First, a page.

Kentaro CHIBA
"Koudai-ji temple IROHA"
"IROHA UTA" (poem) familiar to Japanese people is an example of what is called "Tenarai Uta" or "Jibo Uta" composed based on the principle that each Kana is used at one time, and is a perfect message of Imayou (Heian era contemporary poem) style based on the Buddhist concept of impermanence of worldly things. As times changed, Kana such as "" (old version of "I" character) and "" (old version of "E" character) were no longer used, and we could say that Jibo Uta was formed as a complete anagram, that is a pangram, encompassing all Japanese syllabic Kana characters with the exception of voiced consonants and plosives.
The total count of the combination of 47 IROHA letters amounts to a factorial of 47 (47x46x45......3x2x1), that is an astronomical 60 digit number that starts 2586 and ends 0, but it is limited and is only one number. I created 47 Jibo Uta freely inspired by theme and region this time. Unfortunately, I need to admit that my Jibo Utas are incomplete and immature, and it is certain that they already exist possibly among the factorial of 47 combinations from the beginning. In that respect, we can say that making Jibo Uta is not a creation but a work of extract.
The anagram was dealt with as a subject matter by Marcel Duchamp who is referred to as the founder of contemporary art, and he intertwined it with mirrors and chess that are his other main subjects in the field of fine arts. While I dealt in perspective image and mirrors as major subjects in the scroll that I have drawn for 17 years, it is two sides of the same process for me to draw the scroll and to extract "IROHA pangram". Pangram is basically a mirror image and phantasmagoric strange world where one letter to another is transformed and replaced (reflected to change).
Involvement in "Jibo Uta" can be the awesome conduct of exposing a taboo somehow. However, I frankly feel that it is naturally revealed as a requiem for the people who were involved in such a historic movement this time.

Kentaro Chiba

The "Life Scroll" (drawings on scroll), started in 1991, is Chiba's most central artistic work. He has been adding drawings on the Life Scroll in principle everyday since then, and it has now become about 14 meters long. His transitional changes in expression and changes between his late 30s and the present day are drawn on the scroll. He is planning to eventually bring his life in line with the scroll. The more he draws, the larger his expression space which occupies the scroll. Consequently, it has become gradually distanced from the momentary and bodily visual expression of modern painting. Rather, he has been creating a space loaded with contradiction, by consciously contrasting Western perspective expression and mirror projection using water surfaces, with the Eastern contra-perspective,  birds-eye view and isometric projection method.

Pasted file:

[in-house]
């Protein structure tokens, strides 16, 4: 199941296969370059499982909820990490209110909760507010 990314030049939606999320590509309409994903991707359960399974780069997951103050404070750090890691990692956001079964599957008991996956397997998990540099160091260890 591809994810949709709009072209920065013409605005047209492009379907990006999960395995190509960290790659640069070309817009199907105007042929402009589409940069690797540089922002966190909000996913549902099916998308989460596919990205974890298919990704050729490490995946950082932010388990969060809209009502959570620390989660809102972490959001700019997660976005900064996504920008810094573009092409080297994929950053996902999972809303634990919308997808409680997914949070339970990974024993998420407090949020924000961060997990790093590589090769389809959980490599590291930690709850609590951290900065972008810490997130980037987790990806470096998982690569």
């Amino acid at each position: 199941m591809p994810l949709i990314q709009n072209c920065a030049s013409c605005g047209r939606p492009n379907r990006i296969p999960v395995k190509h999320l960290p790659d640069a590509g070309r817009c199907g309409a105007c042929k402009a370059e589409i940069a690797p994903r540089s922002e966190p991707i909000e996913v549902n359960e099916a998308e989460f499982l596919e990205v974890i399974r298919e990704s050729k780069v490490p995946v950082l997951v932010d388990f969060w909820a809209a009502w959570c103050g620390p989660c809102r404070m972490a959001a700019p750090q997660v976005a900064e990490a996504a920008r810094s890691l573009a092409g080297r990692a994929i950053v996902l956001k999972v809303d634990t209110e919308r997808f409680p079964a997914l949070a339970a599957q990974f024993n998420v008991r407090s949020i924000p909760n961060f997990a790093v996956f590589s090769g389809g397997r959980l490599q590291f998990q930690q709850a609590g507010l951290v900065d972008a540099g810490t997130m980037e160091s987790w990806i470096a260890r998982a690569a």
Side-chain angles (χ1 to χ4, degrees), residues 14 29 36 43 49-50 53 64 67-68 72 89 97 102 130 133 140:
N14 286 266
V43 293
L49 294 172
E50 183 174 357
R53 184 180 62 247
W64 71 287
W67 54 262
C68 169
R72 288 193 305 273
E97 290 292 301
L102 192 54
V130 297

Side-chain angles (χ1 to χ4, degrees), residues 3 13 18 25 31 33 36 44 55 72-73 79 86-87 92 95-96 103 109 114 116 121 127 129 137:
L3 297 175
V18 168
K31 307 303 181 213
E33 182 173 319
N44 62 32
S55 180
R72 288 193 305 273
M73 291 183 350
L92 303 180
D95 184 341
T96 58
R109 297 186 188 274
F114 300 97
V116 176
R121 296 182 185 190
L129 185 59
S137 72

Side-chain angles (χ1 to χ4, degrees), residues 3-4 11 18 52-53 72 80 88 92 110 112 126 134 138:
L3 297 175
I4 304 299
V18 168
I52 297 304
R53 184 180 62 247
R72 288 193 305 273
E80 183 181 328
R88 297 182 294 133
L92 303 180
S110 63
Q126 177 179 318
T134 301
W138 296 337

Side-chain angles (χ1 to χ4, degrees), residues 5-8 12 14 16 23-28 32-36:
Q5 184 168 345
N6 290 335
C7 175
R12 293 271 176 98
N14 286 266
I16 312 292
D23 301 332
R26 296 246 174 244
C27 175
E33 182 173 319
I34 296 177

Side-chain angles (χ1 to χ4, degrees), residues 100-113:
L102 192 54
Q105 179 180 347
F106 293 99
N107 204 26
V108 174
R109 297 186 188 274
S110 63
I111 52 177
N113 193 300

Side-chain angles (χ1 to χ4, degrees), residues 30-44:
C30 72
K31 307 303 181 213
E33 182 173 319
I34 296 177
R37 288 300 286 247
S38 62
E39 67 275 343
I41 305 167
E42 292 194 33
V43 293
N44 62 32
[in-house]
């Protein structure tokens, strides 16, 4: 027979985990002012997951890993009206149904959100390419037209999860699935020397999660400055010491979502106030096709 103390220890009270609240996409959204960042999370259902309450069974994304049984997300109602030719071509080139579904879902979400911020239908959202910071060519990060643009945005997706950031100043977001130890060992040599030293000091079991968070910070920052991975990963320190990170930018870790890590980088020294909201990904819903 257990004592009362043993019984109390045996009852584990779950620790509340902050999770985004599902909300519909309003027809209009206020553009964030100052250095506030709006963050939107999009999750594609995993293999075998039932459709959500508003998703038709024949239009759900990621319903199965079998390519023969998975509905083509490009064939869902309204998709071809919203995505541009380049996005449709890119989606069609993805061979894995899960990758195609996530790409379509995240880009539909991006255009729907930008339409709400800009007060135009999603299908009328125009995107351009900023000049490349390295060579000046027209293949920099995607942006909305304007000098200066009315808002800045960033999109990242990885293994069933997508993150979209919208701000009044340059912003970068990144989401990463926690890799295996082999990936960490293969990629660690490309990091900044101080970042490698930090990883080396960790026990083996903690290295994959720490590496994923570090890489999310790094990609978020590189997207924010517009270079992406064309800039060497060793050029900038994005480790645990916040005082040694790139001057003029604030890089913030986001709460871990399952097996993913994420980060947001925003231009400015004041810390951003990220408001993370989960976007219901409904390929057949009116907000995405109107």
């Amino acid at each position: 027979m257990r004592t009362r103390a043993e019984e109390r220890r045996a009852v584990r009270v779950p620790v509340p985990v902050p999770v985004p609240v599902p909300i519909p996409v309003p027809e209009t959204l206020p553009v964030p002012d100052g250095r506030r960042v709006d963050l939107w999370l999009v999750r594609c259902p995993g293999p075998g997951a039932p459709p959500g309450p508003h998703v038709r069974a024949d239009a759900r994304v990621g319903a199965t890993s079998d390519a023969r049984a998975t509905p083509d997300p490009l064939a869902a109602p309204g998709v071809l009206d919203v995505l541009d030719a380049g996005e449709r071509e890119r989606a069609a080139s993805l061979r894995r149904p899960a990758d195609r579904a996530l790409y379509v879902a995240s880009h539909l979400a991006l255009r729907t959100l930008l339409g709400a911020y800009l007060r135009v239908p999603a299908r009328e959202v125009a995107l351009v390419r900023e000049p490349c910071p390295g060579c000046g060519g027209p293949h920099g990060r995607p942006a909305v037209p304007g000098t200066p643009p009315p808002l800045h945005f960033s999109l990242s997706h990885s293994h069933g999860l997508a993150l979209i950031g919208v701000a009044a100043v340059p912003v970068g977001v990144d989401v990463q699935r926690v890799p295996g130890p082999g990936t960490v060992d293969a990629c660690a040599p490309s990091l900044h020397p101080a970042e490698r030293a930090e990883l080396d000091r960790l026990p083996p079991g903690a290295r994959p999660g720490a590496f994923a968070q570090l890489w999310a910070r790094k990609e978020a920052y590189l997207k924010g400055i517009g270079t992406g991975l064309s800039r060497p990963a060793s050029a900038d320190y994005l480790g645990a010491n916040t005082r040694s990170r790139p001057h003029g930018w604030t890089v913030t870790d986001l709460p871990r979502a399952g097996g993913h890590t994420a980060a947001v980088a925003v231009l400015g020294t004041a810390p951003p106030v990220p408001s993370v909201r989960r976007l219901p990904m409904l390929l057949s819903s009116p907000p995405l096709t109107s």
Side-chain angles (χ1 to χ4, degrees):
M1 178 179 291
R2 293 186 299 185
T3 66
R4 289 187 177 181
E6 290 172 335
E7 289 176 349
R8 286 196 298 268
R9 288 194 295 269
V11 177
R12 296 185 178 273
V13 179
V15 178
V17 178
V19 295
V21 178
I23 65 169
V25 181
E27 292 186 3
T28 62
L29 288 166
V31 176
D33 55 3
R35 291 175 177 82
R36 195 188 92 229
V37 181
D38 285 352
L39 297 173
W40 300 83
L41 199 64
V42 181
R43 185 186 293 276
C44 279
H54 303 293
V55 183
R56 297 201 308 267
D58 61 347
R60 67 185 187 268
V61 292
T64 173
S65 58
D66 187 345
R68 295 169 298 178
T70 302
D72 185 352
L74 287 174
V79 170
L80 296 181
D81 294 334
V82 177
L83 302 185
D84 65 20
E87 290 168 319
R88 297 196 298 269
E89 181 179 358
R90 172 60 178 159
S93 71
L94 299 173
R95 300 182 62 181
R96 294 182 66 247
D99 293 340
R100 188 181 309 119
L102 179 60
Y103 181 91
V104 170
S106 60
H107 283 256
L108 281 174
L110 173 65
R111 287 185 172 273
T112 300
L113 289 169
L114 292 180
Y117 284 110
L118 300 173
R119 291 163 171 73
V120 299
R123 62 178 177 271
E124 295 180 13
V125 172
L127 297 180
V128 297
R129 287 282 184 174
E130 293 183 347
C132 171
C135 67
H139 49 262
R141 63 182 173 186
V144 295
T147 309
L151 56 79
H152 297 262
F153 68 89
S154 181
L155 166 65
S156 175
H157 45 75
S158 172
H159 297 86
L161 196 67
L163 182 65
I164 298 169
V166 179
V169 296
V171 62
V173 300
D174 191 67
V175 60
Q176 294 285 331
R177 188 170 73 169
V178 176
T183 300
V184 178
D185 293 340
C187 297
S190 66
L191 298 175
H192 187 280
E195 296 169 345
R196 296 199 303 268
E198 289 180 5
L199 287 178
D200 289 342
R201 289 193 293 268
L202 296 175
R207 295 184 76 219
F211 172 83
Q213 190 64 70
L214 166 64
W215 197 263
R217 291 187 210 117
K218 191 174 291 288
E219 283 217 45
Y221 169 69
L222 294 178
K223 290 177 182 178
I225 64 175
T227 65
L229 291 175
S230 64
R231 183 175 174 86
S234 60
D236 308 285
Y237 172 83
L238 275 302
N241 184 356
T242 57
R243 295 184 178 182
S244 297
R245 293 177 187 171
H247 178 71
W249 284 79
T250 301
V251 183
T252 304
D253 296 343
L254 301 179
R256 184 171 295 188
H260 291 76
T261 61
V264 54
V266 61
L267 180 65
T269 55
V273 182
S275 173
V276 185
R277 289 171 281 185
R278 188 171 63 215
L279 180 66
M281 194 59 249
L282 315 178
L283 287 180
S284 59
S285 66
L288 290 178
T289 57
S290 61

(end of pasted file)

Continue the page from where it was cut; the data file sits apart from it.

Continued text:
The process of his work has also been recorded as photocopies(1991-2004) and scannings (2004-)   on a daily basis, and he is producing an animation using the stack of them. He finished the first animation in 1998 during his stay in Britain using the stack of copies of his work produced between 1991 and 1998, which he presented at the 1st Liverpool Biennale in 1999. The first half of the animation presents his daily creation progress over a five year period reduced to a 5 minutes show where the drawings on the scroll gradually appear on the right, while the last half shows the drawings disappearing in reverse where the scroll gets shorter towards the left and eventually fades away. In 2011 he started to reedit the animation by digital technique and he has finished to edit a version between 1991 and 2003.
His major works of art also include the series "IROHA pangram (Iroha is Japanese syllabary in the traditional order)". IROHA pangram is a projected image where 47 letters of IROHA change their position like a kaleidoscope, forming a different pangram one by one. It attempts to express a fundamental phase in the Japanese language through the peculiarity of Kana (the Japanese syllabary) syllabic characters. It can be said that the IROHA pangram has many things in common with the Life Scroll described above in that both attempt to express an anonymous world beyond an individual which lies hidden in the depth of the linguistic unconsciousness and is rising, while the expressive medium is different: one uses images, the other uses language.
As described above, Chiba as an artist is rather interested in the internal, the unconsciousness, and has characteristics in common with those of outsider expression, such as obsession with detail and persistence in accumulation. However, his outside vector is also powerful as an art teacher who teaches, researches and encourages educational project planning, as well as an art director at the Gallery Ginza Art Lab which plans exhibitions and supports international art projects such as the "Dislocate" exhibitions held between 2006 and 2008.